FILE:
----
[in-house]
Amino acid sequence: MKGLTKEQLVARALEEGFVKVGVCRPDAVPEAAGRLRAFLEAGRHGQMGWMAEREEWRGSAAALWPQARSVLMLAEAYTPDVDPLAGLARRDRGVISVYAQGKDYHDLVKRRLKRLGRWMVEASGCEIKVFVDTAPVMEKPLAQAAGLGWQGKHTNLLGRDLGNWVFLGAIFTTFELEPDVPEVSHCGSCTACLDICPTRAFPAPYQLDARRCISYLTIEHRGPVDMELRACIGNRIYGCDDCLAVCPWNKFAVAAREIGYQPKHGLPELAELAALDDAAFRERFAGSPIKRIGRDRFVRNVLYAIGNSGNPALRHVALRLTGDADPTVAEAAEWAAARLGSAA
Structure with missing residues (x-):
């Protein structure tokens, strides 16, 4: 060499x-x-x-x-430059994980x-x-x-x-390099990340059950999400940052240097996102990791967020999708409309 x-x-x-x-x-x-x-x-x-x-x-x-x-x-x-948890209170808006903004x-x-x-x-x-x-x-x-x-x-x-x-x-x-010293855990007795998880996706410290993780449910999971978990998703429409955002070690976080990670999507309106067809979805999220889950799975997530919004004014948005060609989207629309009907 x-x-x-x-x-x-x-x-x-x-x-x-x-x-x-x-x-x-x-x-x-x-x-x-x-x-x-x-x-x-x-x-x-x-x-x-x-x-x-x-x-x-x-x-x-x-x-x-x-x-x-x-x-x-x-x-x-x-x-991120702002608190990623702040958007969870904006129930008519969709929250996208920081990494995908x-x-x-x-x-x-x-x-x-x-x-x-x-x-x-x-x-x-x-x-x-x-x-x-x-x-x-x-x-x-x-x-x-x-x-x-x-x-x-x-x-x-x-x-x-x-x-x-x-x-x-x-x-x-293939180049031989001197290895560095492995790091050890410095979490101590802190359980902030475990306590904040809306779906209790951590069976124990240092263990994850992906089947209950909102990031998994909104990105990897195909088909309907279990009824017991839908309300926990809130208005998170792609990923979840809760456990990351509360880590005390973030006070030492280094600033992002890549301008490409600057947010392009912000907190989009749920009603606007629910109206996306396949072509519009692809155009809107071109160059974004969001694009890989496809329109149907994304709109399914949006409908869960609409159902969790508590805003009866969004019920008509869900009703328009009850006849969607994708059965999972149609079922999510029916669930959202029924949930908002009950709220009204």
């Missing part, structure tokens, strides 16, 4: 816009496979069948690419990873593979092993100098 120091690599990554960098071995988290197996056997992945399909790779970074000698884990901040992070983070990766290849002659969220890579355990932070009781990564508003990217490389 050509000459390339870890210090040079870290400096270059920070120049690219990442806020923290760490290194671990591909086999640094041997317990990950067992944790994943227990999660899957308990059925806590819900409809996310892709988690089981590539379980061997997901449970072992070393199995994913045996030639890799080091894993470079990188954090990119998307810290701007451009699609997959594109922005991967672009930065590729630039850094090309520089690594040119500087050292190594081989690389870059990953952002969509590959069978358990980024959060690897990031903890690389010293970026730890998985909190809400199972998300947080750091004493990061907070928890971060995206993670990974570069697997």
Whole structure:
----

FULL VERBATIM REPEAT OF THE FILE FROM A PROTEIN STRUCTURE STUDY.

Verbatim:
[in-house]
Amino acid sequence: MKGLTKEQLVARALEEGFVKVGVCRPDAVPEAAGRLRAFLEAGRHGQMGWMAEREEWRGSAAALWPQARSVLMLAEAYTPDVDPLAGLARRDRGVISVYAQGKDYHDLVKRRLKRLGRWMVEASGCEIKVFVDTAPVMEKPLAQAAGLGWQGKHTNLLGRDLGNWVFLGAIFTTFELEPDVPEVSHCGSCTACLDICPTRAFPAPYQLDARRCISYLTIEHRGPVDMELRACIGNRIYGCDDCLAVCPWNKFAVAAREIGYQPKHGLPELAELAALDDAAFRERFAGSPIKRIGRDRFVRNVLYAIGNSGNPALRHVALRLTGDADPTVAEAAEWAAARLGSAA
Structure with missing residues (x-):
């Protein structure tokens, strides 16, 4: 060499x-x-x-x-430059994980x-x-x-x-390099990340059950999400940052240097996102990791967020999708409309 x-x-x-x-x-x-x-x-x-x-x-x-x-x-x-948890209170808006903004x-x-x-x-x-x-x-x-x-x-x-x-x-x-010293855990007795998880996706410290993780449910999971978990998703429409955002070690976080990670999507309106067809979805999220889950799975997530919004004014948005060609989207629309009907 x-x-x-x-x-x-x-x-x-x-x-x-x-x-x-x-x-x-x-x-x-x-x-x-x-x-x-x-x-x-x-x-x-x-x-x-x-x-x-x-x-x-x-x-x-x-x-x-x-x-x-x-x-x-x-x-x-x-x-991120702002608190990623702040958007969870904006129930008519969709929250996208920081990494995908x-x-x-x-x-x-x-x-x-x-x-x-x-x-x-x-x-x-x-x-x-x-x-x-x-x-x-x-x-x-x-x-x-x-x-x-x-x-x-x-x-x-x-x-x-x-x-x-x-x-x-x-x-x-293939180049031989001197290895560095492995790091050890410095979490101590802190359980902030475990306590904040809306779906209790951590069976124990240092263990994850992906089947209950909102990031998994909104990105990897195909088909309907279990009824017991839908309300926990809130208005998170792609990923979840809760456990990351509360880590005390973030006070030492280094600033992002890549301008490409600057947010392009912000907190989009749920009603606007629910109206996306396949072509519009692809155009809107071109160059974004969001694009890989496809329109149907994304709109399914949006409908869960609409159902969790508590805003009866969004019920008509869900009703328009009850006849969607994708059965999972149609079922999510029916669930959202029924949930908002009950709220009204």
């Missing part, structure tokens, strides 16, 4: 816009496979069948690419990873593979092993100098 120091690599990554960098071995988290197996056997992945399909790779970074000698884990901040992070983070990766290849002659969220890579355990932070009781990564508003990217490389 050509000459390339870890210090040079870290400096270059920070120049690219990442806020923290760490290194671990591909086999640094041997317990990950067992944790994943227990999660899957308990059925806590819900409809996310892709988690089981590539379980061997997901449970072992070393199995994913045996030639890799080091894993470079990188954090990119998307810290701007451009699609997959594109922005991967672009930065590729630039850094090309520089690594040119500087050292190594081989690389870059990953952002969509590959069978358990980024959060690897990031903890690389010293970026730890998985909190809400199972998300947080750091004493990061907070928890971060995206993670990974570069697997």
Whole structure: